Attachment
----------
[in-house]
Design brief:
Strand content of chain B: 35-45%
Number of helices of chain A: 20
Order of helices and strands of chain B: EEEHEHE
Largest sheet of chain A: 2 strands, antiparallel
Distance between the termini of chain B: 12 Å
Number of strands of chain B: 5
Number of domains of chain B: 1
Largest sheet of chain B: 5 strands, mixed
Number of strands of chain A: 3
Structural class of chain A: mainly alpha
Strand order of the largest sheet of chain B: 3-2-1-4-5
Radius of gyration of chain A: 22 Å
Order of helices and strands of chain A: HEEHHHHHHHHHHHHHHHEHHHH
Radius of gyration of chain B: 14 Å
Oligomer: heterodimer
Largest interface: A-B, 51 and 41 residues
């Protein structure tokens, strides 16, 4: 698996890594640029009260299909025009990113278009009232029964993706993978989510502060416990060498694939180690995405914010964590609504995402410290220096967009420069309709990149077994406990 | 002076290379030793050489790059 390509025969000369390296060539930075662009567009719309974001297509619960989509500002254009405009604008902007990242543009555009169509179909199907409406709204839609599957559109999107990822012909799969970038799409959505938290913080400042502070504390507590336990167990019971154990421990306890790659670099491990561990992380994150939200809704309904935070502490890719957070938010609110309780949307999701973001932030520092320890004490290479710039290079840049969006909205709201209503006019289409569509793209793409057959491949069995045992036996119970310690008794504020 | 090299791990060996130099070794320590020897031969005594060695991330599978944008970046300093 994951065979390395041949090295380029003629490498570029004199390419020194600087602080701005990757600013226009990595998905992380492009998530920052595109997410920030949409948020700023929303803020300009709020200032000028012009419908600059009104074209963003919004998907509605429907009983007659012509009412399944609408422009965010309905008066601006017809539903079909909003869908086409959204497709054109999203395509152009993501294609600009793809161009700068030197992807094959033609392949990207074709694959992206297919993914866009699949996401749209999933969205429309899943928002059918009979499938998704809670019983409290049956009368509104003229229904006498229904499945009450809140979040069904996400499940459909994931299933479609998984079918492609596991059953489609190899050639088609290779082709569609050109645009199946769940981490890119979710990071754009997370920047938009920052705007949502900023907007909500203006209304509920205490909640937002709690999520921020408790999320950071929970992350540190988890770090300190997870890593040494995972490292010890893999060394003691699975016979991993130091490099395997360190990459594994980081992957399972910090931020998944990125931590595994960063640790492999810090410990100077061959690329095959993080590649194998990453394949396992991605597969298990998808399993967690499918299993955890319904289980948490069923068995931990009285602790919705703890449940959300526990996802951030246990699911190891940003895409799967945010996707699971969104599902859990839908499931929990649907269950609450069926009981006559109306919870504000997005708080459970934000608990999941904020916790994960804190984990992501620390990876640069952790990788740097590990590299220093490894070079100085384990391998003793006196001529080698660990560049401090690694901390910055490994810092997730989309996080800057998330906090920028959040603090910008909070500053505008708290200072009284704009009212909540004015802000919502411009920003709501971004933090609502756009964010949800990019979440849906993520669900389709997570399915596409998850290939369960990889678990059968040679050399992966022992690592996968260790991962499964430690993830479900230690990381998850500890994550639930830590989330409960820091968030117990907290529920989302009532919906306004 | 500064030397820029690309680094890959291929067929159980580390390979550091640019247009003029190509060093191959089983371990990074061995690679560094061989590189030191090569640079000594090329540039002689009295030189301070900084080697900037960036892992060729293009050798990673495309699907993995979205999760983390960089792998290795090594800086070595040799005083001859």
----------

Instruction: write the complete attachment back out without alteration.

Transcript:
[in-house]
Design brief:
Strand content of chain B: 35-45%
Number of helices of chain A: 20
Order of helices and strands of chain B: EEEHEHE
Largest sheet of chain A: 2 strands, antiparallel
Distance between the termini of chain B: 12 Å
Number of strands of chain B: 5
Number of domains of chain B: 1
Largest sheet of chain B: 5 strands, mixed
Number of strands of chain A: 3
Structural class of chain A: mainly alpha
Strand order of the largest sheet of chain B: 3-2-1-4-5
Radius of gyration of chain A: 22 Å
Order of helices and strands of chain A: HEEHHHHHHHHHHHHHHHEHHHH
Radius of gyration of chain B: 14 Å
Oligomer: heterodimer
Largest interface: A-B, 51 and 41 residues
């Protein structure tokens, strides 16, 4: 698996890594640029009260299909025009990113278009009232029964993706993978989510502060416990060498694939180690995405914010964590609504995402410290220096967009420069309709990149077994406990 | 002076290379030793050489790059 390509025969000369390296060539930075662009567009719309974001297509619960989509500002254009405009604008902007990242543009555009169509179909199907409406709204839609599957559109999107990822012909799969970038799409959505938290913080400042502070504390507590336990167990019971154990421990306890790659670099491990561990992380994150939200809704309904935070502490890719957070938010609110309780949307999701973001932030520092320890004490290479710039290079840049969006909205709201209503006019289409569509793209793409057959491949069995045992036996119970310690008794504020 | 090299791990060996130099070794320590020897031969005594060695991330599978944008970046300093 994951065979390395041949090295380029003629490498570029004199390419020194600087602080701005990757600013226009990595998905992380492009998530920052595109997410920030949409948020700023929303803020300009709020200032000028012009419908600059009104074209963003919004998907509605429907009983007659012509009412399944609408422009965010309905008066601006017809539903079909909003869908086409959204497709054109999203395509152009993501294609600009793809161009700068030197992807094959033609392949990207074709694959992206297919993914866009699949996401749209999933969205429309899943928002059918009979499938998704809670019983409290049956009368509104003229229904006498229904499945009450809140979040069904996400499940459909994931299933479609998984079918492609596991059953489609190899050639088609290779082709569609050109645009199946769940981490890119979710990071754009997370920047938009920052705007949502900023907007909500203006209304509920205490909640937002709690999520921020408790999320950071929970992350540190988890770090300190997870890593040494995972490292010890893999060394003691699975016979991993130091490099395997360190990459594994980081992957399972910090931020998944990125931590595994960063640790492999810090410990100077061959690329095959993080590649194998990453394949396992991605597969298990998808399993967690499918299993955890319904289980948490069923068995931990009285602790919705703890449940959300526990996802951030246990699911190891940003895409799967945010996707699971969104599902859990839908499931929990649907269950609450069926009981006559109306919870504000997005708080459970934000608990999941904020916790994960804190984990992501620390990876640069952790990788740097590990590299220093490894070079100085384990391998003793006196001529080698660990560049401090690694901390910055490994810092997730989309996080800057998330906090920028959040603090910008909070500053505008708290200072009284704009009212909540004015802000919502411009920003709501971004933090609502756009964010949800990019979440849906993520669900389709997570399915596409998850290939369960990889678990059968040679050399992966022992690592996968260790991962499964430690993830479900230690990381998850500890994550639930830590989330409960820091968030117990907290529920989302009532919906306004 | 500064030397820029690309680094890959291929067929159980580390390979550091640019247009003029190509060093191959089983371990990074061995690679560094061989590189030191090569640079000594090329540039002689009295030189301070900084080697900037960036892992060729293009050798990673495309699907993995979205999760983390960089792998290795090594800086070595040799005083001859």